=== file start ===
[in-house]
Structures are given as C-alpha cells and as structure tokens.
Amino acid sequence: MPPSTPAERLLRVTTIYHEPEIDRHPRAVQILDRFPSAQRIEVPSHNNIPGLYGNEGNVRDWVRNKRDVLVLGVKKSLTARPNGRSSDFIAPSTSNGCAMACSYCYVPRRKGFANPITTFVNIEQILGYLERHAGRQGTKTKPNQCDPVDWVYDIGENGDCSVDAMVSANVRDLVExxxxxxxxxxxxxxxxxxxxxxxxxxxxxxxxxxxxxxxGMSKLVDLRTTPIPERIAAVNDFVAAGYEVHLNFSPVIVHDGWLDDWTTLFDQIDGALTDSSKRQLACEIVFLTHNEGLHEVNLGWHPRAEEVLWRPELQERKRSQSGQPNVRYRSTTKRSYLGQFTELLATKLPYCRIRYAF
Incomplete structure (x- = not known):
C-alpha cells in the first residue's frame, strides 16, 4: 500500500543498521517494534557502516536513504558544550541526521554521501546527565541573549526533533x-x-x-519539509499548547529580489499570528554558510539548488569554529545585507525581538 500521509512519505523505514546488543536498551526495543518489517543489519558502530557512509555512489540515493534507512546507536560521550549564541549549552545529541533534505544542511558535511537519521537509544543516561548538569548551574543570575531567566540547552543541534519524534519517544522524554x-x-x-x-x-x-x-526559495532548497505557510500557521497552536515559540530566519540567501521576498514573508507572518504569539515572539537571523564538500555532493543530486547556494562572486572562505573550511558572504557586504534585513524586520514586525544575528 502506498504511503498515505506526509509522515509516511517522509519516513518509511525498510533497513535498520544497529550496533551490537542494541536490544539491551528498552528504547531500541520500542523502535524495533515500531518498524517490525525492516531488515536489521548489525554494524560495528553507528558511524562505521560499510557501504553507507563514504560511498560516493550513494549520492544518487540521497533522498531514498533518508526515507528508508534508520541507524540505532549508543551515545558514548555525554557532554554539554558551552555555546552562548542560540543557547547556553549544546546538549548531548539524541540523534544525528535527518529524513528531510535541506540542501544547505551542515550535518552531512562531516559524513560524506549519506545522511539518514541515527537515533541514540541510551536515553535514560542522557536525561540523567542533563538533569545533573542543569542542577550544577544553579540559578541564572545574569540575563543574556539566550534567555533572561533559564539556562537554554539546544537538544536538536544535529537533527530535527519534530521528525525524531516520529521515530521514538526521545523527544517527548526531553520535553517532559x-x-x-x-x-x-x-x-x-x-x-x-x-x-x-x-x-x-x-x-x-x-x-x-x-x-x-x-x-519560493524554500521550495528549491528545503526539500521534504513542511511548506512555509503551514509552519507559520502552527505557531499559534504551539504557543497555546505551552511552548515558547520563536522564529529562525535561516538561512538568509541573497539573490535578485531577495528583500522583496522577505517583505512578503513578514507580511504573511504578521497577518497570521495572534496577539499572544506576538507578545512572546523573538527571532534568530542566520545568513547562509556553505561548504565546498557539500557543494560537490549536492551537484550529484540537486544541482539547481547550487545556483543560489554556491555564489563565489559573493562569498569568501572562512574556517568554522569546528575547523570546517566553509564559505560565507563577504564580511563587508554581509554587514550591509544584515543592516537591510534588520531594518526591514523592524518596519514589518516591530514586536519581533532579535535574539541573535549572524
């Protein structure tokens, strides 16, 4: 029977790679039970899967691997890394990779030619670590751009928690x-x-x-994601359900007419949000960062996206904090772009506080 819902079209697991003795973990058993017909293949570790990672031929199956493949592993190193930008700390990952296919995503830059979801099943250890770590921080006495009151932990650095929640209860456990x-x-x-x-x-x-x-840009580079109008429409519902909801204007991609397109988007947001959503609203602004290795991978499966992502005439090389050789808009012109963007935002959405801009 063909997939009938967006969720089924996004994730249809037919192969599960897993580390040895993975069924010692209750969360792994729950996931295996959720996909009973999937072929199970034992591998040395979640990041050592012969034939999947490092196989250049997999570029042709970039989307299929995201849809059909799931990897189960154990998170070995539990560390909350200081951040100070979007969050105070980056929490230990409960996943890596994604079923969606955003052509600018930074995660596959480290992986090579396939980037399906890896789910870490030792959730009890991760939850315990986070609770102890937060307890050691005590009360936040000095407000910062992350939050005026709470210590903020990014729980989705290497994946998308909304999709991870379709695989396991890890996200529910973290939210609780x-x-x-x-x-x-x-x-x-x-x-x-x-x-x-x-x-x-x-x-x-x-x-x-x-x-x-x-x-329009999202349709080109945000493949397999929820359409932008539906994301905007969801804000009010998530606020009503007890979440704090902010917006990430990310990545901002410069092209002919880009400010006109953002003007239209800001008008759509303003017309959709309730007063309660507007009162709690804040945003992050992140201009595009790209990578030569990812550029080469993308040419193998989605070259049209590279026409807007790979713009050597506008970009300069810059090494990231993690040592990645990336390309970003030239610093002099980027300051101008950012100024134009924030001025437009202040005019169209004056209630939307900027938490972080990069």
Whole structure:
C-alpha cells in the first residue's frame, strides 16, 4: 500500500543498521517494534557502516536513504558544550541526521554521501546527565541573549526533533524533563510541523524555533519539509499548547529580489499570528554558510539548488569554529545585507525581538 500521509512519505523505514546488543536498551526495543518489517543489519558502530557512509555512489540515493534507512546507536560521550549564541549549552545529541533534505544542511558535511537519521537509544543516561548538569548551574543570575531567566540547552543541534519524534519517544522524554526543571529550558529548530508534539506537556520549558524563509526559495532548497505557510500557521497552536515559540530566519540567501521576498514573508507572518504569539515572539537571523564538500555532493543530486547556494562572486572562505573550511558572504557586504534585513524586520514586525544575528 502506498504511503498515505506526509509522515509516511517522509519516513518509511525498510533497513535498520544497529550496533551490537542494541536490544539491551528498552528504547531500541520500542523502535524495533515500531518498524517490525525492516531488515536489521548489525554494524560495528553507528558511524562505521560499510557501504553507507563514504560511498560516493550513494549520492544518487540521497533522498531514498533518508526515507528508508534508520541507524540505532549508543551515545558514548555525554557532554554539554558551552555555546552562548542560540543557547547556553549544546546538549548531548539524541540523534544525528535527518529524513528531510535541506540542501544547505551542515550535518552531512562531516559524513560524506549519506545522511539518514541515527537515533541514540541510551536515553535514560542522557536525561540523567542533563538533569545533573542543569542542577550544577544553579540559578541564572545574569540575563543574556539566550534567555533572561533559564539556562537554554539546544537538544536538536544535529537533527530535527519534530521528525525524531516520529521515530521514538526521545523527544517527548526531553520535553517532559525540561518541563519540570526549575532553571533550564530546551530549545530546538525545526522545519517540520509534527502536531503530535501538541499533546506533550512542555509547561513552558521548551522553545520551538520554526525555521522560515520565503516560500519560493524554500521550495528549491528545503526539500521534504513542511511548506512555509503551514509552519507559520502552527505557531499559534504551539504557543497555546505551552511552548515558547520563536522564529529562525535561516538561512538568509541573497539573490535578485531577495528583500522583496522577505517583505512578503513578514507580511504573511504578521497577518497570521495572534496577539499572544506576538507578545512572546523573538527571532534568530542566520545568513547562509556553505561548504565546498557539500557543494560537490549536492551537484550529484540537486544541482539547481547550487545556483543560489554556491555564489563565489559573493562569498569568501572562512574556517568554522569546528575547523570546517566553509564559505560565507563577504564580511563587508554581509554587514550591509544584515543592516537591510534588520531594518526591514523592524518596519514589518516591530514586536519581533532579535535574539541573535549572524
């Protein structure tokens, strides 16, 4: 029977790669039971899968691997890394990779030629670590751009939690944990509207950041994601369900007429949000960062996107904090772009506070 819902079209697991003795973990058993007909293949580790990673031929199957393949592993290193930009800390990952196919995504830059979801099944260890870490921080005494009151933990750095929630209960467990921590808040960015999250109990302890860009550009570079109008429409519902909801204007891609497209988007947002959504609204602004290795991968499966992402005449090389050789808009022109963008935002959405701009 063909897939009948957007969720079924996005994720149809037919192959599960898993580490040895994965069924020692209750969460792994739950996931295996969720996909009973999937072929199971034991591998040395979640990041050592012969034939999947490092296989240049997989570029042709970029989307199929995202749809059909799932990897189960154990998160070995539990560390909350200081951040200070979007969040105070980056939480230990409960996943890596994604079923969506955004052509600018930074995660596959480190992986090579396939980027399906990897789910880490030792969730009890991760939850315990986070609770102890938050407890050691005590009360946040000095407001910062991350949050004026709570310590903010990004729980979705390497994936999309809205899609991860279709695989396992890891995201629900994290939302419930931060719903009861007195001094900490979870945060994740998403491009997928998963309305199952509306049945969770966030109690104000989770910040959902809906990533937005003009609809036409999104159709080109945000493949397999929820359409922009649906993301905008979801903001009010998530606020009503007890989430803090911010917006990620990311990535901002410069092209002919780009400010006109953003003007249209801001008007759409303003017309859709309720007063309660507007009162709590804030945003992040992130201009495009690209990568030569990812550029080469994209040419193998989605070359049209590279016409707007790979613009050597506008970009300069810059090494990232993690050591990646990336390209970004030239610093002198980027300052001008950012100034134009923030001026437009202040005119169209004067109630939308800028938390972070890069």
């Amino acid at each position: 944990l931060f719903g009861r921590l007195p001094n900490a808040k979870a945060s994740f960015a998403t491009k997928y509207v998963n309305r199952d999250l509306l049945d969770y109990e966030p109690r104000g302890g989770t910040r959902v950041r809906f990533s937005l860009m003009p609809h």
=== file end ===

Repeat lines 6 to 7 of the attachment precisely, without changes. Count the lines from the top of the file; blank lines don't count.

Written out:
């Protein structure tokens, strides 16, 4: 029977790679039970899967691997890394990779030619670590751009928690x-x-x-994601359900007419949000960062996206904090772009506080 819902079209697991003795973990058993017909293949570790990672031929199956493949592993190193930008700390990952296919995503830059979801099943250890770590921080006495009151932990650095929640209860456990x-x-x-x-x-x-x-840009580079109008429409519902909801204007991609397109988007947001959503609203602004290795991978499966992502005439090389050789808009012109963007935002959405801009 063909997939009938967006969720089924996004994730249809037919192969599960897993580390040895993975069924010692209750969360792994729950996931295996959720996909009973999937072929199970034992591998040395979640990041050592012969034939999947490092196989250049997999570029042709970039989307299929995201849809059909799931990897189960154990998170070995539990560390909350200081951040100070979007969050105070980056929490230990409960996943890596994604079923969606955003052509600018930074995660596959480290992986090579396939980037399906890896789910870490030792959730009890991760939850315990986070609770102890937060307890050691005590009360936040000095407000910062992350939050005026709470210590903020990014729980989705290497994946998308909304999709991870379709695989396991890890996200529910973290939210609780x-x-x-x-x-x-x-x-x-x-x-x-x-x-x-x-x-x-x-x-x-x-x-x-x-x-x-x-x-329009999202349709080109945000493949397999929820359409932008539906994301905007969801804000009010998530606020009503007890979440704090902010917006990430990310990545901002410069092209002919880009400010006109953002003007239209800001008008759509303003017309959709309730007063309660507007009162709690804040945003992050992140201009595009790209990578030569990812550029080469993308040419193998989605070259049209590279026409807007790979713009050597506008970009300069810059090494990231993690040592990645990336390309970003030239610093002099980027300051101008950012100024134009924030001025437009202040005019169209004056209630939307900027938490972080990069």
Whole structure: